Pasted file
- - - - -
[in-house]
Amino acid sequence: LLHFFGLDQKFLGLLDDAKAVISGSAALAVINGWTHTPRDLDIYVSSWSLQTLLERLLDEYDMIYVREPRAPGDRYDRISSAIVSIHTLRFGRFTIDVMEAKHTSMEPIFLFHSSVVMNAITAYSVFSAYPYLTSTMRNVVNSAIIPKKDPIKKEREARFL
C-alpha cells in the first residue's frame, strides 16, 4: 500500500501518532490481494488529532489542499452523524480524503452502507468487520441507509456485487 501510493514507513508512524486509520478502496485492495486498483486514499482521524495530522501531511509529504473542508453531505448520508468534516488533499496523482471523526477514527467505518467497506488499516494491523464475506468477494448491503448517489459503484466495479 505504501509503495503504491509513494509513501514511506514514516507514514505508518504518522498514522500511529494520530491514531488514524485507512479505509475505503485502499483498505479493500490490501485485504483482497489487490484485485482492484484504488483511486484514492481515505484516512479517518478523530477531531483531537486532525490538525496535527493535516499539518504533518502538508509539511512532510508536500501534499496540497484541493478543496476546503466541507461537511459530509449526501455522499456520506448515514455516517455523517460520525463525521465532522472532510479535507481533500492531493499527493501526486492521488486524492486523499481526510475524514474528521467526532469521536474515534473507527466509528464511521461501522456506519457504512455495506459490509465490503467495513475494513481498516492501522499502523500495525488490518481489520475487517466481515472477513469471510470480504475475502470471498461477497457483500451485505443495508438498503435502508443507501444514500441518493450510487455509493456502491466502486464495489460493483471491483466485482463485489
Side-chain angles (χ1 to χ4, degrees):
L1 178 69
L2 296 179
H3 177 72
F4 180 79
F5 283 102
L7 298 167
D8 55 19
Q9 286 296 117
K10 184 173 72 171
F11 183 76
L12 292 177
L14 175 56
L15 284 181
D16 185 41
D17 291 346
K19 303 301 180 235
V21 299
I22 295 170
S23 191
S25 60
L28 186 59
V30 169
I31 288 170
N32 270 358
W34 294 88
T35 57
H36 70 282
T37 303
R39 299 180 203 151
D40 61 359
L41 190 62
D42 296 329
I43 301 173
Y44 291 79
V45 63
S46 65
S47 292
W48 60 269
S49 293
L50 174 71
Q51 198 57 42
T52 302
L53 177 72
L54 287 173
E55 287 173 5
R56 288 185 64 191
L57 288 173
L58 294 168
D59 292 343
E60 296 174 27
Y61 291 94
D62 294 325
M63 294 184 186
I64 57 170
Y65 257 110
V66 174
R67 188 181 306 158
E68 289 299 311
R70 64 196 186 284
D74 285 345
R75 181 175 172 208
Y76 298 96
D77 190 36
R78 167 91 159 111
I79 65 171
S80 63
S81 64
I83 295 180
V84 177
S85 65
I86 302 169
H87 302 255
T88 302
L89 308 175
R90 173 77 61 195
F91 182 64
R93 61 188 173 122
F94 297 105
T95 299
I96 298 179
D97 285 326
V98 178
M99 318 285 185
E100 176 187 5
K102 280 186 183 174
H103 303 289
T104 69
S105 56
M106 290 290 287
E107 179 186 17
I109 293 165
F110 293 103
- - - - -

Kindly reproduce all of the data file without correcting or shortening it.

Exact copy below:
[in-house]
Amino acid sequence: LLHFFGLDQKFLGLLDDAKAVISGSAALAVINGWTHTPRDLDIYVSSWSLQTLLERLLDEYDMIYVREPRAPGDRYDRISSAIVSIHTLRFGRFTIDVMEAKHTSMEPIFLFHSSVVMNAITAYSVFSAYPYLTSTMRNVVNSAIIPKKDPIKKEREARFL
C-alpha cells in the first residue's frame, strides 16, 4: 500500500501518532490481494488529532489542499452523524480524503452502507468487520441507509456485487 501510493514507513508512524486509520478502496485492495486498483486514499482521524495530522501531511509529504473542508453531505448520508468534516488533499496523482471523526477514527467505518467497506488499516494491523464475506468477494448491503448517489459503484466495479 505504501509503495503504491509513494509513501514511506514514516507514514505508518504518522498514522500511529494520530491514531488514524485507512479505509475505503485502499483498505479493500490490501485485504483482497489487490484485485482492484484504488483511486484514492481515505484516512479517518478523530477531531483531537486532525490538525496535527493535516499539518504533518502538508509539511512532510508536500501534499496540497484541493478543496476546503466541507461537511459530509449526501455522499456520506448515514455516517455523517460520525463525521465532522472532510479535507481533500492531493499527493501526486492521488486524492486523499481526510475524514474528521467526532469521536474515534473507527466509528464511521461501522456506519457504512455495506459490509465490503467495513475494513481498516492501522499502523500495525488490518481489520475487517466481515472477513469471510470480504475475502470471498461477497457483500451485505443495508438498503435502508443507501444514500441518493450510487455509493456502491466502486464495489460493483471491483466485482463485489
Side-chain angles (χ1 to χ4, degrees):
L1 178 69
L2 296 179
H3 177 72
F4 180 79
F5 283 102
L7 298 167
D8 55 19
Q9 286 296 117
K10 184 173 72 171
F11 183 76
L12 292 177
L14 175 56
L15 284 181
D16 185 41
D17 291 346
K19 303 301 180 235
V21 299
I22 295 170
S23 191
S25 60
L28 186 59
V30 169
I31 288 170
N32 270 358
W34 294 88
T35 57
H36 70 282
T37 303
R39 299 180 203 151
D40 61 359
L41 190 62
D42 296 329
I43 301 173
Y44 291 79
V45 63
S46 65
S47 292
W48 60 269
S49 293
L50 174 71
Q51 198 57 42
T52 302
L53 177 72
L54 287 173
E55 287 173 5
R56 288 185 64 191
L57 288 173
L58 294 168
D59 292 343
E60 296 174 27
Y61 291 94
D62 294 325
M63 294 184 186
I64 57 170
Y65 257 110
V66 174
R67 188 181 306 158
E68 289 299 311
R70 64 196 186 284
D74 285 345
R75 181 175 172 208
Y76 298 96
D77 190 36
R78 167 91 159 111
I79 65 171
S80 63
S81 64
I83 295 180
V84 177
S85 65
I86 302 169
H87 302 255
T88 302
L89 308 175
R90 173 77 61 195
F91 182 64
R93 61 188 173 122
F94 297 105
T95 299
I96 298 179
D97 285 326
V98 178
M99 318 285 185
E100 176 187 5
K102 280 186 183 174
H103 303 289
T104 69
S105 56
M106 290 290 287
E107 179 186 17
I109 293 165
F110 293 103